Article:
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What is the difference between green card renewal and citizenship?

Category : Green Card Renewal

The Green card and the U.S Citizenship both confer rights to immigrants to work and reside lawfully in the country, but they mean two very different things. A lawful Permanent resident (LPR) is a person who can live and work permanently in the U.S and is given a Green Card (a photo ID) to prove their status. The Green card, which is a proof of permanent residence has to be renewed every 10 years, though the permanent residency is valid for your lifetime. This Green card renewal is done to upgrade the security of the card and avoid misuse of the card.

If you are wondering which is the right choice for you, you need to know the difference between both the choices to make a better decision.

Green card Renewal Vs. Citizenship: The costs

You will have to pay a filing fees for both Green card renewal and Citizenship application anyway. At first glance, it may seem like the Citizenship application is much expensive than a Green card renewal, but citizenship is valid for a lifetime and you do not have to pay anymore for renewing the citizenship. Also as the application filing fees has increased dramatically over the past few years, you can expect the same in future. If you choose to keep renewing your Green Card, you will end up paying a hefty sum to the USCIS over the long run.

Green card Renewal Vs. Citizenship: Voting in Federal Elections

As a citizen of the country, you can vote in Federal, State and local elections and also hold elected office. You can also serve as a jury. You can make your opinion count in the functioning of this democratic country.

Green card Renewal Vs. Citizenship: No risk of deportation

Even if you are a Legal Permanent Resident (LPR), you can still be deported from the United States, if you are involved in any criminal activity. As a citizen of this country, you cannot be deported. The only exception to be deported as a U.S citizen would be if you have committed any fraud to obtain your Green Card or Citizenship.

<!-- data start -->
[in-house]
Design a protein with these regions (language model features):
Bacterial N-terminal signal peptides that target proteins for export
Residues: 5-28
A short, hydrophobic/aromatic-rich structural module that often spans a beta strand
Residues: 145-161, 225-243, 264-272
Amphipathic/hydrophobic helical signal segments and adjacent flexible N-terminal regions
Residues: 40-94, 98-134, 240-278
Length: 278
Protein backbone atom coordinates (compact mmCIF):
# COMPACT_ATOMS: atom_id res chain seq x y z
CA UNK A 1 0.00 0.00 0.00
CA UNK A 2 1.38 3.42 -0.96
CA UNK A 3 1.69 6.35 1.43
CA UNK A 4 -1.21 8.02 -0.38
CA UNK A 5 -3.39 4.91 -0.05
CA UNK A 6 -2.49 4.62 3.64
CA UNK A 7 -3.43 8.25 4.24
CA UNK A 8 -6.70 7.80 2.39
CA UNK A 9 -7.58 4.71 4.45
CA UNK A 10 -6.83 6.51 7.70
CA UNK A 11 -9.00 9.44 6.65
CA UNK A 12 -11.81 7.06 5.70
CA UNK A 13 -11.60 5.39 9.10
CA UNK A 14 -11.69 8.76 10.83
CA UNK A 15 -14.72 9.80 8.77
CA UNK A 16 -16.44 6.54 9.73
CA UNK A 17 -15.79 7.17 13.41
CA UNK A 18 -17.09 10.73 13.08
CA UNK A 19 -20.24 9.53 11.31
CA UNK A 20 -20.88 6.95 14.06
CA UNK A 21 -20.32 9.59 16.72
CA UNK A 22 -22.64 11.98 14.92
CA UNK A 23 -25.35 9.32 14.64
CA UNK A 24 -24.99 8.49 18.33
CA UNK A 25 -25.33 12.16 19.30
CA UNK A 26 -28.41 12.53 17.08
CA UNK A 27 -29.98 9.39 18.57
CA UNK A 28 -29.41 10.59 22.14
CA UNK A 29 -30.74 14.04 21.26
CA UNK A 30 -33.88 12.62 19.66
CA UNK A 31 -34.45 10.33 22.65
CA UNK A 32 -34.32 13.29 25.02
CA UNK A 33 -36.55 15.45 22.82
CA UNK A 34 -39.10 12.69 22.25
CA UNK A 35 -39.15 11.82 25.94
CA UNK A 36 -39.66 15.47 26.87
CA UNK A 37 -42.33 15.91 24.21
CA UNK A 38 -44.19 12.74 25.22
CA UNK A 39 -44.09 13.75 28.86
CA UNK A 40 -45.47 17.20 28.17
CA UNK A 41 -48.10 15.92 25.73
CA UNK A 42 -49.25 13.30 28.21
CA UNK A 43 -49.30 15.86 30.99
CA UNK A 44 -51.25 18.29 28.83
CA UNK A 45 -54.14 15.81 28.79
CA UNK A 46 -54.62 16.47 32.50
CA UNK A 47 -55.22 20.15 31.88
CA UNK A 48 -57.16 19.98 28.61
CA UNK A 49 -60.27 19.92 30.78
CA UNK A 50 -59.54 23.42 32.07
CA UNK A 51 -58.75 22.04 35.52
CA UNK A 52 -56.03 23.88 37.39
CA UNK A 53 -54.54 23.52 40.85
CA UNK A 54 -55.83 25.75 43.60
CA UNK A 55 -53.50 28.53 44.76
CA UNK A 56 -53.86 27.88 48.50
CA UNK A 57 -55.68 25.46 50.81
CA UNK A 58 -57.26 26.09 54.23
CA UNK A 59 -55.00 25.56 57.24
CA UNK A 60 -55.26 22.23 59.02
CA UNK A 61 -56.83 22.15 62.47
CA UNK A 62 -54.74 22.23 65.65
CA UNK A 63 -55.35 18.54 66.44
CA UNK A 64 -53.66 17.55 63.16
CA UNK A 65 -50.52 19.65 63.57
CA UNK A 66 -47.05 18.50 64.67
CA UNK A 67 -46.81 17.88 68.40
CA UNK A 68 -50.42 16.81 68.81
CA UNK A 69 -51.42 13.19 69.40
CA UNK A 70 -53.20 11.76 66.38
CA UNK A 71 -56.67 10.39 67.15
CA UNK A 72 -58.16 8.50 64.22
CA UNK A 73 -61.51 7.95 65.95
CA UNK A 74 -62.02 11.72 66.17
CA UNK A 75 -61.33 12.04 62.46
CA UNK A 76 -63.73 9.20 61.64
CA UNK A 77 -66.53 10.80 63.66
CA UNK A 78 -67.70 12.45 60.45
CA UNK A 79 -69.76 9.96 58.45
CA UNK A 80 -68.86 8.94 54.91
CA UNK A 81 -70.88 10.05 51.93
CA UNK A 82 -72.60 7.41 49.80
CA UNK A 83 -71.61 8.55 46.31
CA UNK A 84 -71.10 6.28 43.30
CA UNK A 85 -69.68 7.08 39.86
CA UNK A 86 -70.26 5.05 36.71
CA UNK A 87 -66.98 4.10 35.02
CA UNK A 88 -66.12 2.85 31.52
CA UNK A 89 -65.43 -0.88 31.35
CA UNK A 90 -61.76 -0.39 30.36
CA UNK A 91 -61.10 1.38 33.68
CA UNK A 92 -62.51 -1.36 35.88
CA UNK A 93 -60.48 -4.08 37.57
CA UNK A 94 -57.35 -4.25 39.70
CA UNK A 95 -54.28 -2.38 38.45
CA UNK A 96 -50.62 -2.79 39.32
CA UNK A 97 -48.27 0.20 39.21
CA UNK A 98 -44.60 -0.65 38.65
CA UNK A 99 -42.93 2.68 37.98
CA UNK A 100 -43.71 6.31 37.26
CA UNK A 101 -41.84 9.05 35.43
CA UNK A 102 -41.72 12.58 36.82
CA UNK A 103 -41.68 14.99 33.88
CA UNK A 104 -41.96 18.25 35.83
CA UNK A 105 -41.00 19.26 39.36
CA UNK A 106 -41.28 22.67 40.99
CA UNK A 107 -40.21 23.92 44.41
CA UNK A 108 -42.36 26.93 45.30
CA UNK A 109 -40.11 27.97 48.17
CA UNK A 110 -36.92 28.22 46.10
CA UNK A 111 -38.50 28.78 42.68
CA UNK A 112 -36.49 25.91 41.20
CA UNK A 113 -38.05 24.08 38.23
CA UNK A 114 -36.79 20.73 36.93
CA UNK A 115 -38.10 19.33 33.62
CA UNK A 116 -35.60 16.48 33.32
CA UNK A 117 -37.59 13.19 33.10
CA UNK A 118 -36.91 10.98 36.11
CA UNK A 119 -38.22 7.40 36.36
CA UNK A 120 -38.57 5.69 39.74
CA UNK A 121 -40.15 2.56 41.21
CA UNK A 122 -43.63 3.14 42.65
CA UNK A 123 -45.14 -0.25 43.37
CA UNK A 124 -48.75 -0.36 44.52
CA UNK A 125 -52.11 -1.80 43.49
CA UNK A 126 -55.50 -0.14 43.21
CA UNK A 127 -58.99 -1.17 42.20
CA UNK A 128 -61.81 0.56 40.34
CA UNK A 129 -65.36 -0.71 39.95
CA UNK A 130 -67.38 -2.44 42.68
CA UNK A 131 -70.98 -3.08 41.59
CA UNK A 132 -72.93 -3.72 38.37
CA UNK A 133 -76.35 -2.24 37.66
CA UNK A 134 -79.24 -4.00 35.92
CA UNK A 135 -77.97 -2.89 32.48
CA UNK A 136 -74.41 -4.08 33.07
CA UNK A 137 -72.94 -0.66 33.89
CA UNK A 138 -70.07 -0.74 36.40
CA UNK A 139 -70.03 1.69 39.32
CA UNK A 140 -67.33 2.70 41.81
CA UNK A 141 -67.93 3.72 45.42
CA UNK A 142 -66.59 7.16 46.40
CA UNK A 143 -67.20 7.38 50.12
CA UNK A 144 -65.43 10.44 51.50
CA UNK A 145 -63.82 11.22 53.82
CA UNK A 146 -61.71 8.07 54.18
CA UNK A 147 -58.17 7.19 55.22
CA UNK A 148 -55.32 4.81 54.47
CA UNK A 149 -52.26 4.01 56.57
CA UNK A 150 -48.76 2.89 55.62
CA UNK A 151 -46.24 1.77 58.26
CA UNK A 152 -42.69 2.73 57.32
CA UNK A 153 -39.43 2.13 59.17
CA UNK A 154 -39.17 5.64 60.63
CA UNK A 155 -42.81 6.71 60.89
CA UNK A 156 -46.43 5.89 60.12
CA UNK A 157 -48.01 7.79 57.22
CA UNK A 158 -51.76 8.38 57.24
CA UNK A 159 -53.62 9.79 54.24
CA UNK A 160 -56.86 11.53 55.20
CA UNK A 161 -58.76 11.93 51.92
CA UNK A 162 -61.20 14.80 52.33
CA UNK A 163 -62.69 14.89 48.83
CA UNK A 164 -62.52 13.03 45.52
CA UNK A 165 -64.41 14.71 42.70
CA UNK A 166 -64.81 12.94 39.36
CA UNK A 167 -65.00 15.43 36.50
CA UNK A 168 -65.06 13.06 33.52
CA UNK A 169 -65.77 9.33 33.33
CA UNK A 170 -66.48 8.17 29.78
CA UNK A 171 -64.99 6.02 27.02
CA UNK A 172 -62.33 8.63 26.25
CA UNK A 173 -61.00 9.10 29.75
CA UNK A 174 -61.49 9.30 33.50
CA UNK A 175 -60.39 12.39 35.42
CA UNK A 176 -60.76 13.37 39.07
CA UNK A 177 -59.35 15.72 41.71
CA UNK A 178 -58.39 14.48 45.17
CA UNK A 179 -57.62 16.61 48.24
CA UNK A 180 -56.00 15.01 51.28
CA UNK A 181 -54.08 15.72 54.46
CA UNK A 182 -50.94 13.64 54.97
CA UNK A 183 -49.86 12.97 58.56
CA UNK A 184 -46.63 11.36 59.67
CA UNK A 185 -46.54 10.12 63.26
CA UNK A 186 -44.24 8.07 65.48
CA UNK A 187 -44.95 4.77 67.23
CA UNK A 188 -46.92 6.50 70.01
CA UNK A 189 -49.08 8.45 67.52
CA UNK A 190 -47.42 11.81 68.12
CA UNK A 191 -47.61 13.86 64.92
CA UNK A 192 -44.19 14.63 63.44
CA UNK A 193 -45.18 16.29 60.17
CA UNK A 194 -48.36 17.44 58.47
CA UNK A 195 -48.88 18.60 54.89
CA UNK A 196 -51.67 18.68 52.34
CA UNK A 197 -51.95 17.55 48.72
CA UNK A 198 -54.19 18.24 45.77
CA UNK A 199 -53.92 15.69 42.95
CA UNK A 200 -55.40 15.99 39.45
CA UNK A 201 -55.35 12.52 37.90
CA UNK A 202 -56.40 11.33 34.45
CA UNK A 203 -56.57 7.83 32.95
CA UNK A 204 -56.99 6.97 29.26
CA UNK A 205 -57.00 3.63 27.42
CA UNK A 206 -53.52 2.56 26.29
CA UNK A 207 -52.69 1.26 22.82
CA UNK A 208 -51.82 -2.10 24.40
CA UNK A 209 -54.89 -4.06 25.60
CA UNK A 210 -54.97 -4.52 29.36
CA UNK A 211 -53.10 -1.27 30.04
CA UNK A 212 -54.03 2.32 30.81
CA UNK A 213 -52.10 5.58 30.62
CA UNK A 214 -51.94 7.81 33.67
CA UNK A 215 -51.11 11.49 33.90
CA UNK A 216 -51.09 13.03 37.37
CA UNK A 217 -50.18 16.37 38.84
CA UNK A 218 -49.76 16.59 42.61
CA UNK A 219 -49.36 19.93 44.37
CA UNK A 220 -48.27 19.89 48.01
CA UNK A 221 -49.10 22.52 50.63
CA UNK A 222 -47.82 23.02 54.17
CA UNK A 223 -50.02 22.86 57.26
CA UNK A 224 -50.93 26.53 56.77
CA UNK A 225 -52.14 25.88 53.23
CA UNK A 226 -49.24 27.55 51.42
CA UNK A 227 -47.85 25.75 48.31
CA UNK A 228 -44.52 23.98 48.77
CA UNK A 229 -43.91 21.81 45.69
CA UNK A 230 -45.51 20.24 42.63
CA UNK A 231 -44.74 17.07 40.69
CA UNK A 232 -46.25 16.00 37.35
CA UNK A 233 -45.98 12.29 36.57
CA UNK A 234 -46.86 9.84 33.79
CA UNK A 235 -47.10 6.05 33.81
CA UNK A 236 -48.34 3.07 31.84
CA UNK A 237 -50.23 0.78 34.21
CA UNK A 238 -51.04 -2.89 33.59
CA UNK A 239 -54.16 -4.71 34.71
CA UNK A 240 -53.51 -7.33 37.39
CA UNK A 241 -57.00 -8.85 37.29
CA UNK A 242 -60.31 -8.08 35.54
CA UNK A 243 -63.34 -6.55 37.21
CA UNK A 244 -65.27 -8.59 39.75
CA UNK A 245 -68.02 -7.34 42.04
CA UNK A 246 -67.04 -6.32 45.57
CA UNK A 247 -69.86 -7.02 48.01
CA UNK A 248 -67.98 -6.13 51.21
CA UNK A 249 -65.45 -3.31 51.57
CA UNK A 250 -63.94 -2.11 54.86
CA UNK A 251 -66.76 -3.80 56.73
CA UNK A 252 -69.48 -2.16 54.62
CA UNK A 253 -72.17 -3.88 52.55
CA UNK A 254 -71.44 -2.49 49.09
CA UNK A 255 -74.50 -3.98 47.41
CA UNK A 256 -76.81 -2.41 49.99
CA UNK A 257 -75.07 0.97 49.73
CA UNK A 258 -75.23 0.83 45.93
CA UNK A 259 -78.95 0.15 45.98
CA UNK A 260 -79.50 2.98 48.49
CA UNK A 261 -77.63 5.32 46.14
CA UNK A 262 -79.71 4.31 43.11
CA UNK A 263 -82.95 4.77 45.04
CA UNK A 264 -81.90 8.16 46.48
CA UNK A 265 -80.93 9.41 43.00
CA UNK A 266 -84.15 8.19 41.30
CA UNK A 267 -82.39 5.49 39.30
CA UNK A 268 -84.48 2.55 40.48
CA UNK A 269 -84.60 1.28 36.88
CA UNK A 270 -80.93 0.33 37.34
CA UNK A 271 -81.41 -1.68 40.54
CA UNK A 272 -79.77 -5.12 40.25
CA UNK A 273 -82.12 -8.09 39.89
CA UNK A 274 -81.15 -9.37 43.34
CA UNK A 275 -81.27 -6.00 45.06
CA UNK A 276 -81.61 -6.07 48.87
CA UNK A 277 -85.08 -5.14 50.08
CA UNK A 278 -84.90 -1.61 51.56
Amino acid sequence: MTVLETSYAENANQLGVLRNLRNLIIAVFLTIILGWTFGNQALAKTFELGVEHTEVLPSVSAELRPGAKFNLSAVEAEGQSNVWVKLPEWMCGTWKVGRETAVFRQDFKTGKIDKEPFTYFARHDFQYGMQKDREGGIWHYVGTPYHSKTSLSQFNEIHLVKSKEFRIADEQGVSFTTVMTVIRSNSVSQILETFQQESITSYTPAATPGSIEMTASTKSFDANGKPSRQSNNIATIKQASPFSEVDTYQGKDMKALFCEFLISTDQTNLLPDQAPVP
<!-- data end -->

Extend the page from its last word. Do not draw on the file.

Green card Renewal Vs. Citizenship: Bringing family members to the U.S

As a U.S citizen, you can sponsor your relatives, other than those in the immediate family, for legal status in the country. You can sponsor them for Green card or immigration status in the U.S. Usually citizens are given preference over Green card holders when applying for sponsoring of relatives. Green card holders can only sponsor immediate family members (spouse, unmarried children, parents) to live with them. If you become a U.S citizen before your child reaches age 18, then your children automatically become U.S citizens, regardless of the place of birth. They do not have to go through the process of Naturalization to become citizens.

Green card Renewal Vs. Citizenship: International travelling

As a U.S citizen, you will be issued a U.S passport which makes travelling to many countries easier and visa-free in selected countries. You can travel outside the United States and remain outside the country as long as you wish. There is no restriction on travel for citizens. However, a Green card holder must always prove that they are “legally admissible” in the country when they return from trips abroad. Also a Green card holder may lose their permanent resident status if they stay outside the country for a long time.

Green card Renewal Vs. Citizenship: Federal benefits

As a citizen, you can enjoy all the benefits this great nation has to offer you like social security, medical and welfare benefits. You can hold government jobs, have access to federal grants, scholarships and benefits. Green card holders have limited options for obtaining grants and welfare benefits.

Citizenship entails a lot more rights and benefits than a Green Card Holder. As a U.S citizen, you have the right to vote, receive federal assistance, petition your relatives to immigrate to the U.S and you cannot be deported. You will also be issued a U.S passport, which means you can travel outside the country any time you wish.

Important Immigration Forms

U.S. Citizenship Form N-400 Green Card Renewal Form I-90

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